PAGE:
2. Well, in the PPT model, there is always a transition between slides, right? 🙂 Use the same effect with variations (left-to-right, right-to-left).

  3. I think you can still make a great presentation even with tight principles. But how do you sell without selling yourself? That’s the hard part.

  4. @Pragmatic Cynic – I’m going to quote Tufte here and say if your visualizations are boring, then either you’re doing it wrong, or your data is boring. I think “Marketing Viz” definitely has a place but you have to make sure that you’re honest to yourself and to your audience.

  5. Good points. I read the post thinking there is some satire behind it. Only when I got to the end I realized you are serious.

    Despite talking about a lot of visualization techniques, I have come to a point where I very rarely use a chart in a presentation. In fact, I have gone ahead and junked our internal ppt templates and started making ppts without any background and just few images. I use big bold text and leave nothing else on the slides. So there is really nothing on the slideshow that my bosses or customers want to stare at. Instead I get the attention by,

    > starting with a joke (it works!)
    > using the white board when the story becomes intense
    > dramatic and realistic clip art (real images from Office Online Clipart gallery)
    > talking, singing, moving alot,
    > looking in the eye and inviting conflict, or debate or discussion
    > tell more jokes when things are hot

    But I agree that not every one tells the same story or has similar job. For eg. if you have to present the findings of a merger evaluation, you are bound to have lots of numbers. But in most cases, the audience too will have the caliber to understand and not yawn at such information.

    Thanks for the post 🙂

  6. Thanks, Chandoo. I can’t sing, but I also try to get my message across using images instead of charts or even bullet points. I like Presentation Zen’s style. And I’d like to play with Prezi, if I had the time.

    Well, there is some satire behind the links: most of them point to posts that say exactly the opposite… 🙂

  7. Call me old fashioned, but in my opinion if you are boring your audience and your boss is yawning that means you are not telling the right story and no amount of charts of whatever splendor is going to fix that. To fix that you need fix your story.

  8. Thanks Jorge! This is a fantastic article. I’ll make sure to point people to this as a resource for creating stunning charts.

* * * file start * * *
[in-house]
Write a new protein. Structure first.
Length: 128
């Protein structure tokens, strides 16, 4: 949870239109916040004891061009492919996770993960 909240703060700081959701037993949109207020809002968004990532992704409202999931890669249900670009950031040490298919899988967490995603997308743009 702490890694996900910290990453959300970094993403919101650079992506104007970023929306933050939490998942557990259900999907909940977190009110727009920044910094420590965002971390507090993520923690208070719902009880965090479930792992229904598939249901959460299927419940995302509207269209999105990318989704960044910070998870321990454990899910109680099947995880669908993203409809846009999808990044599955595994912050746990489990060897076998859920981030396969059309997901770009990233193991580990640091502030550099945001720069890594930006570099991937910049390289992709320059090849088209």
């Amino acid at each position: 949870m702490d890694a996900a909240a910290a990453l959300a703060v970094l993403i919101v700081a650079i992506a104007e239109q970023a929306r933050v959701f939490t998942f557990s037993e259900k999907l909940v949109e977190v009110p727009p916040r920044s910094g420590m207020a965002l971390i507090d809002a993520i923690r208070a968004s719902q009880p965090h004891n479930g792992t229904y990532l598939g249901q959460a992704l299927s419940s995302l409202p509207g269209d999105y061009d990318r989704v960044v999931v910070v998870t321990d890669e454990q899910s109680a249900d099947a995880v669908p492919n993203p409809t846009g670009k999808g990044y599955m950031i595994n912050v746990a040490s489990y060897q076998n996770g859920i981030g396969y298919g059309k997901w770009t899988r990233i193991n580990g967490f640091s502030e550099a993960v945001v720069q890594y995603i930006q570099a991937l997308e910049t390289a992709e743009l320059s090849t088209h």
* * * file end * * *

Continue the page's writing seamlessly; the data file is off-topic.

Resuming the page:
MSFT Office Outreach

  9. nixnut is right!

    I think we need to always show our stuff effectively with the best possible dv practices, i.e. the purest approach (which does not necessarily mean unattractive). In a presentation, we’re trying to sell the outcome of the project. If that’s done well, we will subtly and simultaneously have sold ourselves. It may never result in a rise up the corporate ladder as such, but we will gained respect and a reputation that will have people calling upon us for the challenging jobs that no one else seems to able to deliver on.

    Boring presentations are often those that we’re not interested in (wrong audience), too much detail (use a handout) or the presenter reading the slides for me.


  10. “Boring presentations are often those that we’re not interested in (wrong audience), too much detail (use a handout) or the presenter reading the slides for me.”

    Spot on. Although for me obvious data with obvious analysis is the real killer. If the chart tells you something surprising about your business, no one’s going to care what colour it is, they’re all going to listen. First, really understand understand your data, then present the interesting bits.

  11. Hello, Jorge.

    I’m a frequent reader of your blog and owner of you dashboard tutorial. I recently discovered a excel add-on called think cell from a collegue that works in the same company (but in Germany).

    It really speeds up the setting and maintainance of charts in the business environment, and it follows good data visualization principles.

    I wanted to know what are you thoughts about this tool since I google this to find reviews from the experts and can’t find it from nobody.


Comments are closed.